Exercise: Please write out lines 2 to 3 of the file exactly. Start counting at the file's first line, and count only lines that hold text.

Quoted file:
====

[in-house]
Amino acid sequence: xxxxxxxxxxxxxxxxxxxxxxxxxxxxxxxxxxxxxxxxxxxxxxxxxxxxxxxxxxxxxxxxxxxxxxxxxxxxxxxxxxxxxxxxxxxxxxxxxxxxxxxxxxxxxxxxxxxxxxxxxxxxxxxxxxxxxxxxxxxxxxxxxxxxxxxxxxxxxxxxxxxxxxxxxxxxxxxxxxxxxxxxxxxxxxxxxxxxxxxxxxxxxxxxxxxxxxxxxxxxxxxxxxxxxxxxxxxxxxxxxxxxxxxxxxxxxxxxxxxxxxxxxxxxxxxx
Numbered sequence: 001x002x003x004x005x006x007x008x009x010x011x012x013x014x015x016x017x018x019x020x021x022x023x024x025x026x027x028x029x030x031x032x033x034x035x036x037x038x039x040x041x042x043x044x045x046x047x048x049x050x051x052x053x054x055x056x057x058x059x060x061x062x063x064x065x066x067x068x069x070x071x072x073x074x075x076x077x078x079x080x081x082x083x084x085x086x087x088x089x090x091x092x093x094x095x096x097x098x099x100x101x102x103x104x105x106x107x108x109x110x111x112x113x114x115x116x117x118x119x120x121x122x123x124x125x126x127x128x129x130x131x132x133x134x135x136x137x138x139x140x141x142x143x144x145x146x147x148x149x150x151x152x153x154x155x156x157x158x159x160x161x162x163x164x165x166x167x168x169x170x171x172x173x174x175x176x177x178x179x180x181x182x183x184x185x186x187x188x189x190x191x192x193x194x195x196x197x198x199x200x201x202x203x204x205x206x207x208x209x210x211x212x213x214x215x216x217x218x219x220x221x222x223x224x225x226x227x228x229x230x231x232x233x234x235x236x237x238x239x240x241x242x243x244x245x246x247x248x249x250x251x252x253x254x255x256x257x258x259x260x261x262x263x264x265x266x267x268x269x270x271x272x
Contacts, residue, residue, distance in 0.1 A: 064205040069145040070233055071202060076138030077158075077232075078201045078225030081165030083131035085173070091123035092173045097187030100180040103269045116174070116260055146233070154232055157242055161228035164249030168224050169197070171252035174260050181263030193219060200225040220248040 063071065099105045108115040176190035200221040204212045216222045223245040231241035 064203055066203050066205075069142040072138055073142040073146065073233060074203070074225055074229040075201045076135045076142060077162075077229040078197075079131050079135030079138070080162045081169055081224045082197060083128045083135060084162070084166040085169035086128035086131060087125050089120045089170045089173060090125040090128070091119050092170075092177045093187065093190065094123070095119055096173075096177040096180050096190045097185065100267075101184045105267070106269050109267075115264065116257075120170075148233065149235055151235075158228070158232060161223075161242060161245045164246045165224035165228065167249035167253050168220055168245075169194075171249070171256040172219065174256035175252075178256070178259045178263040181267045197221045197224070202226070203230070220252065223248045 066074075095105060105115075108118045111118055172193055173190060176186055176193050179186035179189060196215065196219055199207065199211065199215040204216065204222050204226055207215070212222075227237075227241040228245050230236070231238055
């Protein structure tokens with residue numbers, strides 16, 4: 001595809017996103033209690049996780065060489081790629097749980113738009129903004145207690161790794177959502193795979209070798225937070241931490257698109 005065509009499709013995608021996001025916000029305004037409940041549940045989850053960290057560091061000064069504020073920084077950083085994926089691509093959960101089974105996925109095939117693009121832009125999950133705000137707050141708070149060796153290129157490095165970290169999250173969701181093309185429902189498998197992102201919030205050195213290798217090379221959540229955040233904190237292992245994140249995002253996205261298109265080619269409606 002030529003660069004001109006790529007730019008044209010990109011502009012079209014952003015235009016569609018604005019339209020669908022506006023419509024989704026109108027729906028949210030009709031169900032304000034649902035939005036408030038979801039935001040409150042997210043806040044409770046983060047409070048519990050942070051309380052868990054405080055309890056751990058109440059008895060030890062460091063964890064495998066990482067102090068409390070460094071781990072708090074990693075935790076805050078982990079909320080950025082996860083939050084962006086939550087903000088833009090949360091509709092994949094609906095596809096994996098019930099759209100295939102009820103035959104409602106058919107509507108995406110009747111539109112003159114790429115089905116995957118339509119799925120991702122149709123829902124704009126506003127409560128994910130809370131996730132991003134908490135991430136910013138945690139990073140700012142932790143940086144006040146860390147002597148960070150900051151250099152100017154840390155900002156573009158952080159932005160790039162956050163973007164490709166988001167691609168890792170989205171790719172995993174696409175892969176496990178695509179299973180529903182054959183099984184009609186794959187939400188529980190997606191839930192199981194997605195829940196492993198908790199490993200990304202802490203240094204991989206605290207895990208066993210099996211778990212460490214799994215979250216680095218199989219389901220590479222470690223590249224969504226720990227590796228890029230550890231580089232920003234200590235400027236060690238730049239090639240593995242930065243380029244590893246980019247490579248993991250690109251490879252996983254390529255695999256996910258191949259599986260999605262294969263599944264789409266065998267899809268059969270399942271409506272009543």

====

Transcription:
Amino acid sequence: xxxxxxxxxxxxxxxxxxxxxxxxxxxxxxxxxxxxxxxxxxxxxxxxxxxxxxxxxxxxxxxxxxxxxxxxxxxxxxxxxxxxxxxxxxxxxxxxxxxxxxxxxxxxxxxxxxxxxxxxxxxxxxxxxxxxxxxxxxxxxxxxxxxxxxxxxxxxxxxxxxxxxxxxxxxxxxxxxxxxxxxxxxxxxxxxxxxxxxxxxxxxxxxxxxxxxxxxxxxxxxxxxxxxxxxxxxxxxxxxxxxxxxxxxxxxxxxxxxxxxxxxxxxxxxxx
Numbered sequence: 001x002x003x004x005x006x007x008x009x010x011x012x013x014x015x016x017x018x019x020x021x022x023x024x025x026x027x028x029x030x031x032x033x034x035x036x037x038x039x040x041x042x043x044x045x046x047x048x049x050x051x052x053x054x055x056x057x058x059x060x061x062x063x064x065x066x067x068x069x070x071x072x073x074x075x076x077x078x079x080x081x082x083x084x085x086x087x088x089x090x091x092x093x094x095x096x097x098x099x100x101x102x103x104x105x106x107x108x109x110x111x112x113x114x115x116x117x118x119x120x121x122x123x124x125x126x127x128x129x130x131x132x133x134x135x136x137x138x139x140x141x142x143x144x145x146x147x148x149x150x151x152x153x154x155x156x157x158x159x160x161x162x163x164x165x166x167x168x169x170x171x172x173x174x175x176x177x178x179x180x181x182x183x184x185x186x187x188x189x190x191x192x193x194x195x196x197x198x199x200x201x202x203x204x205x206x207x208x209x210x211x212x213x214x215x216x217x218x219x220x221x222x223x224x225x226x227x228x229x230x231x232x233x234x235x236x237x238x239x240x241x242x243x244x245x246x247x248x249x250x251x252x253x254x255x256x257x258x259x260x261x262x263x264x265x266x267x268x269x270x271x272x